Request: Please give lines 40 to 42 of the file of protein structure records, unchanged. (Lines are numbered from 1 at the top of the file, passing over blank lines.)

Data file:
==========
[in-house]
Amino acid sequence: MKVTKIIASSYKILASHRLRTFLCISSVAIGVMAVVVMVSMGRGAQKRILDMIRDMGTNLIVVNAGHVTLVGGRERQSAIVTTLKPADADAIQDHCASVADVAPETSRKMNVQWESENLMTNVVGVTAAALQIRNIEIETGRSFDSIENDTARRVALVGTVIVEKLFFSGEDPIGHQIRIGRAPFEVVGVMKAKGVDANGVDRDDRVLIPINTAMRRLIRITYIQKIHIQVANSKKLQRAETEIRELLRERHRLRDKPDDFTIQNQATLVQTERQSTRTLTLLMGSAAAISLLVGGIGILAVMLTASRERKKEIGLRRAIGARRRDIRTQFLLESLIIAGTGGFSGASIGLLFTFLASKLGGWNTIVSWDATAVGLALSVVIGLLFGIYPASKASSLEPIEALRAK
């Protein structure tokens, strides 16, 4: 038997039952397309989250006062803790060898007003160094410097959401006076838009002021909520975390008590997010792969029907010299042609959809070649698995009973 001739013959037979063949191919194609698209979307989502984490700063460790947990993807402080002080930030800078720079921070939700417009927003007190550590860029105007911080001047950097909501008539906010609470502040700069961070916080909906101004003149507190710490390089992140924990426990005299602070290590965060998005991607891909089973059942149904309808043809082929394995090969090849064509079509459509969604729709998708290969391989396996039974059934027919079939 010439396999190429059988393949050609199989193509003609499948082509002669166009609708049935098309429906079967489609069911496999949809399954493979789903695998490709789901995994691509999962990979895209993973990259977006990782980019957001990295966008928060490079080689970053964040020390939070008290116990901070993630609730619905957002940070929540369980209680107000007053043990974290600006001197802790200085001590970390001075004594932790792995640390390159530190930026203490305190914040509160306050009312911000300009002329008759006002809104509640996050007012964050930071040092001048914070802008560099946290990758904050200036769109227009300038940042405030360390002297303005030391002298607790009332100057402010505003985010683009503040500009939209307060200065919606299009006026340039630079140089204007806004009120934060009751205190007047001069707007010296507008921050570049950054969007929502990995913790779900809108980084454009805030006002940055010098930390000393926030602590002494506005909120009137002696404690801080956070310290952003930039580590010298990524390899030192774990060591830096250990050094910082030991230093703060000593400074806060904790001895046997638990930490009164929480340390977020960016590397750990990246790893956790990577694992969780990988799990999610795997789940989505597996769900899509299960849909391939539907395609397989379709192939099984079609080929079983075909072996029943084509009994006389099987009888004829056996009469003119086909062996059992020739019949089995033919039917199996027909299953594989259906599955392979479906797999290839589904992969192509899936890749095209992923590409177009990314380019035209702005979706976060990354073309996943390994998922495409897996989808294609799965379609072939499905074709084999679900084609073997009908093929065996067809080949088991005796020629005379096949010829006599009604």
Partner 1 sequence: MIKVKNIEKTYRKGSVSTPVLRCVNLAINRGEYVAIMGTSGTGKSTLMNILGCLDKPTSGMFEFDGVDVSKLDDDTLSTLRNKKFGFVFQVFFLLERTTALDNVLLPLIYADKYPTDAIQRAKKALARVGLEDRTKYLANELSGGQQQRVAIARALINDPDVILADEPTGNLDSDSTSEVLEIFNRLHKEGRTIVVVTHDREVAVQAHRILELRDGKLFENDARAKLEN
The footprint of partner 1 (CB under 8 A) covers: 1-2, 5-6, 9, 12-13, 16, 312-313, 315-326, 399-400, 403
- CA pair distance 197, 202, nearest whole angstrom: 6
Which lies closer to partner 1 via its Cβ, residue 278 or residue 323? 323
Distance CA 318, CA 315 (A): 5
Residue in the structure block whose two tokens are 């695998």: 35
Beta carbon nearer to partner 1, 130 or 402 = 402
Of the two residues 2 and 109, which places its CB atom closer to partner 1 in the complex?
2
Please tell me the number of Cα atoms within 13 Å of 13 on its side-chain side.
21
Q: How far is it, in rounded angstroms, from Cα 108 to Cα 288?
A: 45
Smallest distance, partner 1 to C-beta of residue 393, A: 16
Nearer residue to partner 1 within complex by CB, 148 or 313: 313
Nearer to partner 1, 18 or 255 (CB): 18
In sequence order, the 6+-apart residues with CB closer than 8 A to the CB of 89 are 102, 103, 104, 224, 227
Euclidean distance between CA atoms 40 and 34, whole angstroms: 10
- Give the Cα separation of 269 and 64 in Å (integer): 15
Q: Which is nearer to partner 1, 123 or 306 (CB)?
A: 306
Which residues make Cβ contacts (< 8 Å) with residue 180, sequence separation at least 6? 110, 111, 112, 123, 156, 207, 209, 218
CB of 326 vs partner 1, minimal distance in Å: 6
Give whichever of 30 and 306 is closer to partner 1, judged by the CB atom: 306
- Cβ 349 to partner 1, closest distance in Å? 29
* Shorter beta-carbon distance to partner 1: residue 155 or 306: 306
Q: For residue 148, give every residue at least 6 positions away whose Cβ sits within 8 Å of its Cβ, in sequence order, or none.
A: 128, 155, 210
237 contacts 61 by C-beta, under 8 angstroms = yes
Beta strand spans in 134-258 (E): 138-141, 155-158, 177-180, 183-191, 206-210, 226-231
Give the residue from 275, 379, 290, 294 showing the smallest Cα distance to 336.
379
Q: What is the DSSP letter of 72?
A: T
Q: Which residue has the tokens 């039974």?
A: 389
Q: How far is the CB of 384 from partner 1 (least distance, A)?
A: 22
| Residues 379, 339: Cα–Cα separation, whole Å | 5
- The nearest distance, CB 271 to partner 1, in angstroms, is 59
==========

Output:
Q: How far is the CB of 384 from partner 1 (least distance, A)?
A: 22
| Residues 379, 339: Cα–Cα separation, whole Å | 5